Confused CVS user
Hello, I have used various source control systems for several years including CVS. Some of the concepts regarding branch management in svn have completly thrown me and the team I work with. I like like the features subversion gives us over CVS but am having problems grasping exactly how branches are managed in large multi-user projects. (I have read the subversion book and a couple of articles on the web and am none the wiser). E.g. I have a project with a number of source files, they are all stored under '/project-x/trunck/src'. We make a release of our project by taking a copy of the trunck and then continue development in the trunk. After the release is made an issue is found with one particular file, 'problem.c'. Develpment has continued on 'problem.c' and a number of the other files and we cannot release them yet. So, we take a branch from the release, amend the 'problem.c' file and make a bug fix release. Some of the continuing development has altered a file in the trunk called 'anotherbugfix.c'. We really would like for this file to have been released with the bug fix release but since the bug fix was made off a branch, new changes are not reflected unless somebody explicity decides to merge the trunck and bug fix branches. This is a simplified example and I am not sure it communicates my confusion exactly, but hopefully you get the picture. I can't help but envisage a situation on a large project with multiple files and branches where the complexity due to large numbers of copies of the trunck result in confusion. I know this can't ben an issue and that I am missing some fundamental point. Can somebody point me in the right direction for some additional documentation or an example svn project to illistrate the best way to use this tool. Regards, Andrew.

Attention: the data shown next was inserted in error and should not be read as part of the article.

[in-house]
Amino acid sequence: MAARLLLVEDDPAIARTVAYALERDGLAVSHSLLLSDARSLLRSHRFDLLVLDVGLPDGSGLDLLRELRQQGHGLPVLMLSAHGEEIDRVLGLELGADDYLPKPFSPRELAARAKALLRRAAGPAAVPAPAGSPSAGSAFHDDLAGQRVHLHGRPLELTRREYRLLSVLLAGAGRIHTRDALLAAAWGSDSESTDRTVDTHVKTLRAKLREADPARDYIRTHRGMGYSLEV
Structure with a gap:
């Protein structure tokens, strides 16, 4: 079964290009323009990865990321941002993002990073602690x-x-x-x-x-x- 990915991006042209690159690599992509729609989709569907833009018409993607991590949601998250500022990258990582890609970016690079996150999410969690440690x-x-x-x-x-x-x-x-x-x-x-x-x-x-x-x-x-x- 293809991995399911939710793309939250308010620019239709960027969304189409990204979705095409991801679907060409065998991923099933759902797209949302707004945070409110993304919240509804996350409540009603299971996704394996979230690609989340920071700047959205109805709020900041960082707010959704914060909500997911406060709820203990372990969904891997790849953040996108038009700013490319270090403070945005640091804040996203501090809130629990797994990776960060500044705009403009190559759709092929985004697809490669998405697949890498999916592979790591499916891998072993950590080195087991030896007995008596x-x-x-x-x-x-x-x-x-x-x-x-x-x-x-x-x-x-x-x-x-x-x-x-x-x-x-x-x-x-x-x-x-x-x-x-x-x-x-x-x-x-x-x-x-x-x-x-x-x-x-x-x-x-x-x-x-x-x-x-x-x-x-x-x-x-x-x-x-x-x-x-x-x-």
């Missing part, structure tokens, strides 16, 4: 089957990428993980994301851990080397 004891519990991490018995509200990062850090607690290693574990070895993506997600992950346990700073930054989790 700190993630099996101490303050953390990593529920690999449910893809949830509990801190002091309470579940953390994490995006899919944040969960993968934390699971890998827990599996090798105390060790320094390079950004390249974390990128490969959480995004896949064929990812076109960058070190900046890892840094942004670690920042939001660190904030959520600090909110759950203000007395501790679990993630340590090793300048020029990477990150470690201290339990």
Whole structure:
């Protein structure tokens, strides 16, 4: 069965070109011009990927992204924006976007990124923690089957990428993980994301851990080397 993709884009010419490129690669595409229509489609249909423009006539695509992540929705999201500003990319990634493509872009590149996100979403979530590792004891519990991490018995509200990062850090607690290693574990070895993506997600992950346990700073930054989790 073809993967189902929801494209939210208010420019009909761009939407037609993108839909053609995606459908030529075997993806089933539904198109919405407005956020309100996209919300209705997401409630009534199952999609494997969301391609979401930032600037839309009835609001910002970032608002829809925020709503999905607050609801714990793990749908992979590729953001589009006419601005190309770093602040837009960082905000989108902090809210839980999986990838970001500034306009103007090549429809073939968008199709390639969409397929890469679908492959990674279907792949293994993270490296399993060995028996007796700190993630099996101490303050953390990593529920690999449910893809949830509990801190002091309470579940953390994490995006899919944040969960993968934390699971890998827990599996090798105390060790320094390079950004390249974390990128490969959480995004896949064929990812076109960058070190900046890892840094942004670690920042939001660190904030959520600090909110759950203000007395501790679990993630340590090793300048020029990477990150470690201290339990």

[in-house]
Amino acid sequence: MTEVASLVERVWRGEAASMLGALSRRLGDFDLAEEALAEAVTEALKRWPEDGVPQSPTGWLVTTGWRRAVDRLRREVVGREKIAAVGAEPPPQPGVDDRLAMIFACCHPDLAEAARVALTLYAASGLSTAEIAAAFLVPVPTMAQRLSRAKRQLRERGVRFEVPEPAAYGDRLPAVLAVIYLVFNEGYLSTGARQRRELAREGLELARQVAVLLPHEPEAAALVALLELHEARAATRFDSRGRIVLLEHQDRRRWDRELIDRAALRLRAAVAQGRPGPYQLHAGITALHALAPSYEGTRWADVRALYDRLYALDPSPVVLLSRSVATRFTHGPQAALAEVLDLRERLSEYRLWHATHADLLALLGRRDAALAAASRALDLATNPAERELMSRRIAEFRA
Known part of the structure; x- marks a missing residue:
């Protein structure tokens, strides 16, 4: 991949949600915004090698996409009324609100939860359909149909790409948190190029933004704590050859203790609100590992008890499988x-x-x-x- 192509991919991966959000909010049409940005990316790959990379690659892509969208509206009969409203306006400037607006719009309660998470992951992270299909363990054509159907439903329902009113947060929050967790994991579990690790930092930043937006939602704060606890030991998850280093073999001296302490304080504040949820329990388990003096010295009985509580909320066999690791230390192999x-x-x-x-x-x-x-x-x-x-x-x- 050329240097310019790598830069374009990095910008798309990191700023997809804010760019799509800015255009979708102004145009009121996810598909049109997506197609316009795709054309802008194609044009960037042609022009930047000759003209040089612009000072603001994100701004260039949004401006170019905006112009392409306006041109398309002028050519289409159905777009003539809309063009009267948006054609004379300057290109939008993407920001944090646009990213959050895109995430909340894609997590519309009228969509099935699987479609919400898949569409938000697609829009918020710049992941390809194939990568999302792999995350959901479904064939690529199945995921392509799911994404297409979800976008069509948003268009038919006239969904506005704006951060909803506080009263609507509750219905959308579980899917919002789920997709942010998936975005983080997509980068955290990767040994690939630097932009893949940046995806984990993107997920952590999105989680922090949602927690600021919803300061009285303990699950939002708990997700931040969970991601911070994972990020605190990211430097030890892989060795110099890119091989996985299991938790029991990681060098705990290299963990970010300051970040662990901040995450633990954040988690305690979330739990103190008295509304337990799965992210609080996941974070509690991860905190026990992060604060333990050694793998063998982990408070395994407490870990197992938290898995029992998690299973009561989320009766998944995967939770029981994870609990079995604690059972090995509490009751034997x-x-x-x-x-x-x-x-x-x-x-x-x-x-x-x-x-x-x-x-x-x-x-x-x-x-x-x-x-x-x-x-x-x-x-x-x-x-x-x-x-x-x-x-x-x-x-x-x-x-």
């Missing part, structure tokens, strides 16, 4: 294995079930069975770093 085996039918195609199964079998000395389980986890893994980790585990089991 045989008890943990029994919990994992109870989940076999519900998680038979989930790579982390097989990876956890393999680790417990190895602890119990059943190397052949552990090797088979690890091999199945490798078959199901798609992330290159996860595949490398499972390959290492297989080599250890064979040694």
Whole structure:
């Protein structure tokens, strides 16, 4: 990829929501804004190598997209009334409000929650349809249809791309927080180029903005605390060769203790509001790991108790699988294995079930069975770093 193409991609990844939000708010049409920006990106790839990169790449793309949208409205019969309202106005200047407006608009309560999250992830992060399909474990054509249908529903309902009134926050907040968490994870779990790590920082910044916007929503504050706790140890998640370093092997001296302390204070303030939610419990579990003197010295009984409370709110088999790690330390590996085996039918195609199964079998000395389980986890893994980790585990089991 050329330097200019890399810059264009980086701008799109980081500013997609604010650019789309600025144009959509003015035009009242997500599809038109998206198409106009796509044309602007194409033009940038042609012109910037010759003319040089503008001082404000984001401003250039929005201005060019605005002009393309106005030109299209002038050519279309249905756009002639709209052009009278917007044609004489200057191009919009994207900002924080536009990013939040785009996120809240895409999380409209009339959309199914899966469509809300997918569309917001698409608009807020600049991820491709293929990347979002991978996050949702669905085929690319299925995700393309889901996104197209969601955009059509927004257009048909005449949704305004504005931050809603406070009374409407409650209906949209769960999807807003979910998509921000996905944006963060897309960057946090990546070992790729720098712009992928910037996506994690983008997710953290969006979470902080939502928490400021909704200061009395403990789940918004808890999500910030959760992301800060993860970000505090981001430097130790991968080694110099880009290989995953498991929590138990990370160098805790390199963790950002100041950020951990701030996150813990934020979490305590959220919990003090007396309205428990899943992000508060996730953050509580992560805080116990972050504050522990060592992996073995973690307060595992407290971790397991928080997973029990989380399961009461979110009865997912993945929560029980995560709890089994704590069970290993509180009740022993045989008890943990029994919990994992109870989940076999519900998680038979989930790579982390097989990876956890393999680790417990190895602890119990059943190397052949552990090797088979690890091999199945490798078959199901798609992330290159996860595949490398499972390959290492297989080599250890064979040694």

Its okay now Its sorted in my head now. After working through a few worked examples of real situations it was obvious. The issues I perceived did not exist. The simplicity of the subversion approach had confused me as I tried to apply the concepts I have learnt from other source control systems.
Subversion is great! :mrgreen:
A friend of mine had the same trouble. The syntax of the "svn" executable is fairly well compatible with CVS, but that's it. It's easier to "let go" and "use the force". :)
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